Wednesday, November 27, 2013

NaNo Winner 2013 and Very Little Time to Brag About It

I joined a writer's group about five years ago and that first year I learned about something I couldn't really pronounce. I think the awful acronym prejudiced me at first. NaNoWriMo Was that a language used in Star Trek? No. It stood for National Novel Writing Month. Okay, got it. But what month was it? November. Surely it was a joke, wasn't it? Who would choose November to be the month where they abandon most other pursuits and devote inordinate amounts of time to writing, from scratch, a brand new novel? I'm usually making other things from scratch, like homemade rolls and pies. You know for that little, itty-bitty holiday we call THANKSGIVING! Sorry for the all caps, but I opted out of NaNo four years in a row because I felt surely a man chose the month. If you know me, you know I enjoy my baking. Don't mess with my baking! I digress. November is busy for me for lots of other reasons too. Family birthdays, anniversaries, Christmas preparations. So I'd always passed. Until this year. About mid-October some stray thought caught me by surprise. It sounded a little like this, "You know that idea for a book you had back in April? You should write it for NaNo." That might have been all that came of it until a certain friend suggested it too. And before we knew it we were on our way to planning and plotting how we could make it work.

My personal goal was to finish before Thanksgiving. Which is tomorrow.
And I did it.
(I know, more all caps, but at least I only used one exclamation point.)

The new novel is written.
I landed at 50, 892 words over the course of 20 writing days. 
It's a rough draft and won't be ready for readers for quite some time, but it is full of pure fun and I had a blast getting it down on the page. It has a working title that I am not announcing. Kind of like a baby name you don't want family members to get attached to using. 

That is the extent of my bragging.
School is out in 5. And my girls and I are going to start the baking! 
Pies, rolls and sauces, oh my!

Monday, September 9, 2013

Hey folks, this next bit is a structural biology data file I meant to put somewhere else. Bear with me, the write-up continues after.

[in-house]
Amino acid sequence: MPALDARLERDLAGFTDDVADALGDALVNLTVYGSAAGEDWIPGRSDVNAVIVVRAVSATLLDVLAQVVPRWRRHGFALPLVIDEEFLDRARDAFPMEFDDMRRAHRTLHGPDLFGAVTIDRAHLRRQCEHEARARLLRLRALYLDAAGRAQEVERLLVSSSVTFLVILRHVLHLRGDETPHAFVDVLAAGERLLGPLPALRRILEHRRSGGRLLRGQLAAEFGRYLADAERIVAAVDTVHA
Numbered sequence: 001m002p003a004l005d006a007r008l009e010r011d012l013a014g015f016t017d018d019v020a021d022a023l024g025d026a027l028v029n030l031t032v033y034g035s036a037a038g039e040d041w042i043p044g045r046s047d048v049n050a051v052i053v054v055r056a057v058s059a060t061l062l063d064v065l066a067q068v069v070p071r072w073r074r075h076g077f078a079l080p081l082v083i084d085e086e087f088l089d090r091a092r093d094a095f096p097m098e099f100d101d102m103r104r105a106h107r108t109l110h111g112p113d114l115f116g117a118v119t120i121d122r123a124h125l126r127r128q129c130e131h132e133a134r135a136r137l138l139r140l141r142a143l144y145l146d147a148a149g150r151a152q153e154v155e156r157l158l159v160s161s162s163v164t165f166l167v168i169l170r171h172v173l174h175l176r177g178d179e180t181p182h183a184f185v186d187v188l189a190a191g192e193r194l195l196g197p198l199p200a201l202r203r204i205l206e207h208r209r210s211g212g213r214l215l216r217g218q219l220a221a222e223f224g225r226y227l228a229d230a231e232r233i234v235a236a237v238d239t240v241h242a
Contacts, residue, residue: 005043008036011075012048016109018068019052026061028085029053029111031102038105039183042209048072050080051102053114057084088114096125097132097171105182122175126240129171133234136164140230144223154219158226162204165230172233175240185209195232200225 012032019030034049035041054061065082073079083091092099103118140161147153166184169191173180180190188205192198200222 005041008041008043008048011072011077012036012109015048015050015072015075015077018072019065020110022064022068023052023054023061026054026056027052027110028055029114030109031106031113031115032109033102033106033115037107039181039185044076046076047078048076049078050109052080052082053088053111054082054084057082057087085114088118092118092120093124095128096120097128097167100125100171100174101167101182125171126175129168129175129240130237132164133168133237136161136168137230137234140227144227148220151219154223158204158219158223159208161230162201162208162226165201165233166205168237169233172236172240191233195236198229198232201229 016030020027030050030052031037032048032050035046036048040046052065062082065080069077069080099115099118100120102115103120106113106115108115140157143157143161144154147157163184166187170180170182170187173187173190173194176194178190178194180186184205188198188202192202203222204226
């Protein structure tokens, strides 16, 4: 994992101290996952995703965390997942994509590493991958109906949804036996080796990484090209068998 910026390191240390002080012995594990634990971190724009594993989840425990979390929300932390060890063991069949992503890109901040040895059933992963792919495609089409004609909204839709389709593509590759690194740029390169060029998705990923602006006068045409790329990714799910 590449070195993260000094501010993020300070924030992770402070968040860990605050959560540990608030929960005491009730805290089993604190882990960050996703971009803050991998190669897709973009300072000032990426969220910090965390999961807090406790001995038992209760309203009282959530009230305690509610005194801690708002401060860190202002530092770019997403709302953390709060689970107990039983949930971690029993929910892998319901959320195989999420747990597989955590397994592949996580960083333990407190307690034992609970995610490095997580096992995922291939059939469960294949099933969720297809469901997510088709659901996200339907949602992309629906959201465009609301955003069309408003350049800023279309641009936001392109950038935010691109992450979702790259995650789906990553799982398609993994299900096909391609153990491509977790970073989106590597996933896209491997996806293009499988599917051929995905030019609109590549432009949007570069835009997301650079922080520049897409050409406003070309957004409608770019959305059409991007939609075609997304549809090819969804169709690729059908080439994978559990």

Storm Watchers Reprint and More Rain Tributes

This is a reprint from three years ago. If you do the math that means my littlest one in this poem is off in school, leaving me to watch the storm without her. Oh how I already miss her wide eyes discovering our world.

Storm Watchers

We sat on the lattice-back patio chair
You and I
To watch a storm
Because in the desert, rain is a spectator sport
Water spattered on the rocks
Tapping rhythms
You sang the alphabet song
Somewhere around H-I-J-K
The thunder clapped directly above our heads
Like you had the fast-moving gray clouds for an audience
Your eyebrows snapped up like rubber bands
“What was that?” Your shock sent up a hand to cover your mouth.
“Thunder.” I explain.
You still scanned the yard and the soggy grass
Looking for a culprit
A gust of wind pushed the rain horizontal
And I knew our moment on the edge of the storm was over.
You clung to me with your four-year-old arms and legs as we scrambled inside.
We stood behind the glass door,
Watched our dusty patio chair get drenched
And laughed.


Live in the desert long enough and one rainy day can yield far too many lines of poetry...and it's just not the same without a child's wonder!


What a gift, this rain in the desert
For my thirsty and sun-baked soul.
I keep checking the window to watch the steady, heavy rain  
Like I've never seen it before
Soaking into the soil and pooling in places 
So dry I thought they could never be wet yet 
Water is everywhere now and even my ears though dry feel wet inside as I soak up the sound of roof-pounding, shower-streaming water.


And when I'm done waxing poetic, even though there is no sunny day here, I still feel like a little clearwater (for the record this was wAAy before my time but you know you want to sing the chorus!)

Thursday, August 15, 2013

Autumn: A Non-How-To and Poem Re-Post

I could probably come up with a better post title, but it's late and the heat wilted me today. 
So I went for the straight-forward approach, tell it like it is. 

First: The "Non" How To Make a Wreath that doesn't cost $50.
Why is it a Non-How-To?
Because I am NOT an expert. This is my first attempt at making a wreath. I don't even call my self crafty, unless we're talking about hiding chocolate. But I wanted a fall wreath and one that didn't cost more than a trip to see real foliage. So this is what I did. And if you are brave enough to copy my non-expert craftiness, please send me a picture -- I'd love to see new and improved versions of my beginner's luck. 

Straw wreath - a couple of dollars at WalMart
One bunch of fall foliage flowers and leaves - $5 - conveniently next to the wreaths
One roll of burlap ribbon - $5, maybe a little more
One package of wreath making pins - totally forget how much but they were also right next to the wreath bases. 

And heavy duty wire cutters. I borrowed a pair from the kindest neighbor on the planet. If you don't own any, you will have to use different flowers that don't require cutting.

I clipped the flowers and leaves from the bunch that I wanted to use. I removed the plastic from the straw wreath. A lot of straw went flying. Probably could have made the wreath in a barn instead of on my table, but that's hindsight for you. One note of caution (this is code for how I almost ruined the entire project): don't cut the twine that is responsible for keeping your straw wreath base in tact. It's not pretty.